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As an international student in Finland, you are allowed and encouraged to do internships during your studies. This can be done through different organizations or independently. Both Erasmus+ (for EU programs) and student organizations assist students in finding internships. When you’re in Finland with a student visa, you can do an unlimited number of apprenticeships as long as they are part of your study program. The internships can be paid or unpaid. If you’re planning to do an internship as a part of your study program, you can start by looking for job advertisements through recruitment agencies and on your host university’s channels. Alongside searching for internships and jobs, it’s crucial to keep your CV updated. Read more about working in Finland, as the same information applies to finding jobs and internships. Please note that in group education programs, the internships and employers may be pre-defined according to the study plan. Always ensure practical arrangements from your school contact person.
It is also possible to do an internship in Finland even if you’re not a student at a Finnish university. If you’re already a student in another country but are craving to experience the unique Finnish lifestyle, you can always do an internship in a Finnish company. Internships usually last for 3-6 months, but you can get an internship based residence permit for up to 18 months. An internship is also a great gateway to the Finnish labor market, and a lot of students in Finland get their first proper job through an internship. Below you can read more about finding an internship in Finland from abroad.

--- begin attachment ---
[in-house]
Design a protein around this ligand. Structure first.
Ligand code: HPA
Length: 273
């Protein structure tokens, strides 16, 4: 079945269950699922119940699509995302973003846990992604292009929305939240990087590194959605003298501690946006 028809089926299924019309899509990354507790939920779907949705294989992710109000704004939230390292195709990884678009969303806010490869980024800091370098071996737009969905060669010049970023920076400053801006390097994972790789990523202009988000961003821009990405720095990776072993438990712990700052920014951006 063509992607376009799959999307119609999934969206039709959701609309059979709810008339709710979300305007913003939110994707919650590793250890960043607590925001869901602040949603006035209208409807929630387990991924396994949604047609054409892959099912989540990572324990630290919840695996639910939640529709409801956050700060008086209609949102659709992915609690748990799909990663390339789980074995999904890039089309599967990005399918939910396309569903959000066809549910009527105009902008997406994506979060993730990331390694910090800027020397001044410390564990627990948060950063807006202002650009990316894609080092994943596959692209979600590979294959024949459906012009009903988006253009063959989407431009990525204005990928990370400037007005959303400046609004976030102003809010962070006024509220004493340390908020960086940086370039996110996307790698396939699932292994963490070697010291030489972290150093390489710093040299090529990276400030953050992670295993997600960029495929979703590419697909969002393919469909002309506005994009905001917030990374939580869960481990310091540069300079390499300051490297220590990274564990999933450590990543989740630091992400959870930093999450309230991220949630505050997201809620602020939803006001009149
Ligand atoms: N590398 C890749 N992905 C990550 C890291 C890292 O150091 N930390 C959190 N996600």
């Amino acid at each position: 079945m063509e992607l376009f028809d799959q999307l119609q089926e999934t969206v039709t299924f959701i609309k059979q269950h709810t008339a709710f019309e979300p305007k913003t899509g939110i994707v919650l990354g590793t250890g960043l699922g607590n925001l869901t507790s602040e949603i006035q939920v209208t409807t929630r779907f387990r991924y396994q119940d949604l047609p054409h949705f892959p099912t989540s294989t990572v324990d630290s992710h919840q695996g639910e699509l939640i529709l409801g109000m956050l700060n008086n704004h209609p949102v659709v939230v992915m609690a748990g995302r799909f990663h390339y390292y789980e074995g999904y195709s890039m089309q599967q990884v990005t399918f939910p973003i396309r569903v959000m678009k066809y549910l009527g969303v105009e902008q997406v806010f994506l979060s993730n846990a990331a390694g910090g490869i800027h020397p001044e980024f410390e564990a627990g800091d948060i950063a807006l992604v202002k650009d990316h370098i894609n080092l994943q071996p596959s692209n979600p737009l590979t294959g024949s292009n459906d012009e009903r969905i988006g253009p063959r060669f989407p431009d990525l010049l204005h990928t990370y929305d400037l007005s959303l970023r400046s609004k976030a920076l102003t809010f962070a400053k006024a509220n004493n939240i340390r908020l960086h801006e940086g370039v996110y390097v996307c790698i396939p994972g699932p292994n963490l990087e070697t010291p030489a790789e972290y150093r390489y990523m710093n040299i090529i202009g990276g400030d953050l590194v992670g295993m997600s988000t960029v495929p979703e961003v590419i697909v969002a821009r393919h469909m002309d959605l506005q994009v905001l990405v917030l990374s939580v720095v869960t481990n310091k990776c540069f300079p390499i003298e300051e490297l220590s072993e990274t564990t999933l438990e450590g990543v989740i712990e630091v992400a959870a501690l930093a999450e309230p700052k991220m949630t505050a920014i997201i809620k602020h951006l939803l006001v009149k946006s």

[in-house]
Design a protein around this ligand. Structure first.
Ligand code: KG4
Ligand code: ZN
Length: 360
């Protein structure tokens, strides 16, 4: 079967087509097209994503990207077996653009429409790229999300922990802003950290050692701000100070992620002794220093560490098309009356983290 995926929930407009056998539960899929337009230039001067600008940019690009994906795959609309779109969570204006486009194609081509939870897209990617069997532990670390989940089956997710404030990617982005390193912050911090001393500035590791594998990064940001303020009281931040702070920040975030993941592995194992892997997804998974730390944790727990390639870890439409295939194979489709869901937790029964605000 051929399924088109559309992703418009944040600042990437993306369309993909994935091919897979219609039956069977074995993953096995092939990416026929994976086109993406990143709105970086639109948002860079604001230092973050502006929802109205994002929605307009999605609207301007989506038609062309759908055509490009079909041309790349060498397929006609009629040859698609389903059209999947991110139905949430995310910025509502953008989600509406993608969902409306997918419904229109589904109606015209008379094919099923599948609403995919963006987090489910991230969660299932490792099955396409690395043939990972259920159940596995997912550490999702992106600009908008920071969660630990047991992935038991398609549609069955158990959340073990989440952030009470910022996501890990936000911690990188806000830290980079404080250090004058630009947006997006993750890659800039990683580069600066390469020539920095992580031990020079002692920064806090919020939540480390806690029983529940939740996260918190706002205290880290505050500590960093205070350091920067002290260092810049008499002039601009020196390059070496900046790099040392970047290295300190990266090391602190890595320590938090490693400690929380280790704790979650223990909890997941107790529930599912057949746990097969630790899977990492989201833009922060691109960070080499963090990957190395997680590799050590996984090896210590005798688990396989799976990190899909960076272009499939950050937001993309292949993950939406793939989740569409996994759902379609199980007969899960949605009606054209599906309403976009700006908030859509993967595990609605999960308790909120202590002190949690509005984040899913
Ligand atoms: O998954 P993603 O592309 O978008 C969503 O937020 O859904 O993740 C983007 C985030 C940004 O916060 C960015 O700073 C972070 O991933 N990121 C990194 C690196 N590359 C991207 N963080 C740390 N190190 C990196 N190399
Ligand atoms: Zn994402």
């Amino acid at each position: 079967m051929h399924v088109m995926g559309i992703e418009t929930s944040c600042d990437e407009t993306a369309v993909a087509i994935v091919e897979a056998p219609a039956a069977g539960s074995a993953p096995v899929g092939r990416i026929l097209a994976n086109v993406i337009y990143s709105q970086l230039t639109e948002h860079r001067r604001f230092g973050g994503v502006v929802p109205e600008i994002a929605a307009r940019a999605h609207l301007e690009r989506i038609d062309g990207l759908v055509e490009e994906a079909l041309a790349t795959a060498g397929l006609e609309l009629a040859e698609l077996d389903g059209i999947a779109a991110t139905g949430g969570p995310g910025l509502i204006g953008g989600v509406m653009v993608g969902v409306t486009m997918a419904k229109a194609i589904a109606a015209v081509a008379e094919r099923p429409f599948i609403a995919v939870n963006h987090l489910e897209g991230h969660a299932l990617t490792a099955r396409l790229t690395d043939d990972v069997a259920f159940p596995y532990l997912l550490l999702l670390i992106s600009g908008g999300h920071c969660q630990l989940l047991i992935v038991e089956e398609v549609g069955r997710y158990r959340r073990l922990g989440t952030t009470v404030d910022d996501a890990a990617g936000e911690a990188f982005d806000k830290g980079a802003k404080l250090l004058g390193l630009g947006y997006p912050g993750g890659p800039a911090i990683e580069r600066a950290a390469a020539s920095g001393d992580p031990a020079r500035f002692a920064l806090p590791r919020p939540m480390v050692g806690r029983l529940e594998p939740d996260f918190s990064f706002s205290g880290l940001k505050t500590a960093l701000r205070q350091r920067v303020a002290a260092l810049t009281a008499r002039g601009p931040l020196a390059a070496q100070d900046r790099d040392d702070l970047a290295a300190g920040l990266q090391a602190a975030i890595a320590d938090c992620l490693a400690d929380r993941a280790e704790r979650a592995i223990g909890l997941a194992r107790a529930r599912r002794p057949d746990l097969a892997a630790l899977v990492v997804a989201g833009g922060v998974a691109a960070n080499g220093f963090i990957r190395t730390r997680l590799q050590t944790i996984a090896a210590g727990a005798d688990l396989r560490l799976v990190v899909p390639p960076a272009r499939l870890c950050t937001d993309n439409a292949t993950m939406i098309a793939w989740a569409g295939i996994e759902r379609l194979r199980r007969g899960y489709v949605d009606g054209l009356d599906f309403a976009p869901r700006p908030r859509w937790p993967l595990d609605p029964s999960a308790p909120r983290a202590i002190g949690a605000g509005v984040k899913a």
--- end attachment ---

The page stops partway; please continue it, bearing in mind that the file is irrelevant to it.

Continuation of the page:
You can apply for an internship through an international exchange program or send an application to a company directly. Many companies have open vacancies for internships or even straightforward traineeship programs that aim at finding future employees for the company’s needs.
There are some online job portals primarily aimed at students looking for internships and jobs:
Note that if the job or internship announcement is in Finnish, they usually require you to have a working knowledge of the Finnish language. However, if the job announcement is in English, it is often suitable for English-speaking job-seekers. There is always a mention in the job announcement if some required language skills exist.
As an international student in Finland, you can complete an internship that accumulates study credits, i.e., is a part of your degree program. If you do such an internship, you don’t need to change your student’s residence permit status.
Suppose you are a university student in another country but want to intern at a company in Finland. In that case, you can apply for a residence permit based on the training if you set the following requirements:
The residence permit for an internship is always for a fixed term and can be granted for a maximum of 18 months. If you get a job at the company or find other work after the internship, you can apply for an employment-based residence permit. This can be granted either for fixed-term (B-permit) or as a continuous residence permit (A-permit). The A-permit is always required before a person can apply for permanent residency.